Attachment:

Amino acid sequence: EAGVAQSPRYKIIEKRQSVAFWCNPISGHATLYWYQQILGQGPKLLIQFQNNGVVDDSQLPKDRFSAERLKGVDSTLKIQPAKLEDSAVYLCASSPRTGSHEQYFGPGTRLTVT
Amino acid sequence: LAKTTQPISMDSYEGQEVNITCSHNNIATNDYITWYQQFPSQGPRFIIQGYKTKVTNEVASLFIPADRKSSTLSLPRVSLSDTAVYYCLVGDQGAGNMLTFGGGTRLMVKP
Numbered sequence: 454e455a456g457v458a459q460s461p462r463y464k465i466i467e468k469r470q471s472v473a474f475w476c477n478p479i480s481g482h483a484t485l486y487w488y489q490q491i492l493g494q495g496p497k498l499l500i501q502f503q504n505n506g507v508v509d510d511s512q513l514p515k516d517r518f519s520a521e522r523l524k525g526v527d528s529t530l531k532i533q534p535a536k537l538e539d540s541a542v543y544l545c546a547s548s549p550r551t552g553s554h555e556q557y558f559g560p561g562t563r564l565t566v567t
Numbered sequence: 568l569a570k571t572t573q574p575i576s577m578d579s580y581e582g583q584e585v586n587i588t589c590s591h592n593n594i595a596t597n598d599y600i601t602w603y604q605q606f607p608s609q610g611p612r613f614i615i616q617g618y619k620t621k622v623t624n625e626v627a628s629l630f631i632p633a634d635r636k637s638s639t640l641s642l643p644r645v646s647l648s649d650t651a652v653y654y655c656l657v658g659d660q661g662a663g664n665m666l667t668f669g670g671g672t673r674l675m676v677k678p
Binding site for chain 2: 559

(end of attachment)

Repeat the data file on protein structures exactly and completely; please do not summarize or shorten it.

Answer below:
Amino acid sequence: EAGVAQSPRYKIIEKRQSVAFWCNPISGHATLYWYQQILGQGPKLLIQFQNNGVVDDSQLPKDRFSAERLKGVDSTLKIQPAKLEDSAVYLCASSPRTGSHEQYFGPGTRLTVT
Amino acid sequence: LAKTTQPISMDSYEGQEVNITCSHNNIATNDYITWYQQFPSQGPRFIIQGYKTKVTNEVASLFIPADRKSSTLSLPRVSLSDTAVYYCLVGDQGAGNMLTFGGGTRLMVKP
Numbered sequence: 454e455a456g457v458a459q460s461p462r463y464k465i466i467e468k469r470q471s472v473a474f475w476c477n478p479i480s481g482h483a484t485l486y487w488y489q490q491i492l493g494q495g496p497k498l499l500i501q502f503q504n505n506g507v508v509d510d511s512q513l514p515k516d517r518f519s520a521e522r523l524k525g526v527d528s529t530l531k532i533q534p535a536k537l538e539d540s541a542v543y544l545c546a547s548s549p550r551t552g553s554h555e556q557y558f559g560p561g562t563r564l565t566v567t
Numbered sequence: 568l569a570k571t572t573q574p575i576s577m578d579s580y581e582g583q584e585v586n587i588t589c590s591h592n593n594i595a596t597n598d599y600i601t602w603y604q605q606f607p608s609q610g611p612r613f614i615i616q617g618y619k620t621k622v623t624n625e626v627a628s629l630f631i632p633a634d635r636k637s638s639t640l641s642l643p644r645v646s647l648s649d650t651a652v653y654y655c656l657v658g659d660q661g662a663g664n665m666l667t668f669g670g671g672t673r674l675m676v677k678p
Binding site for chain 2: 559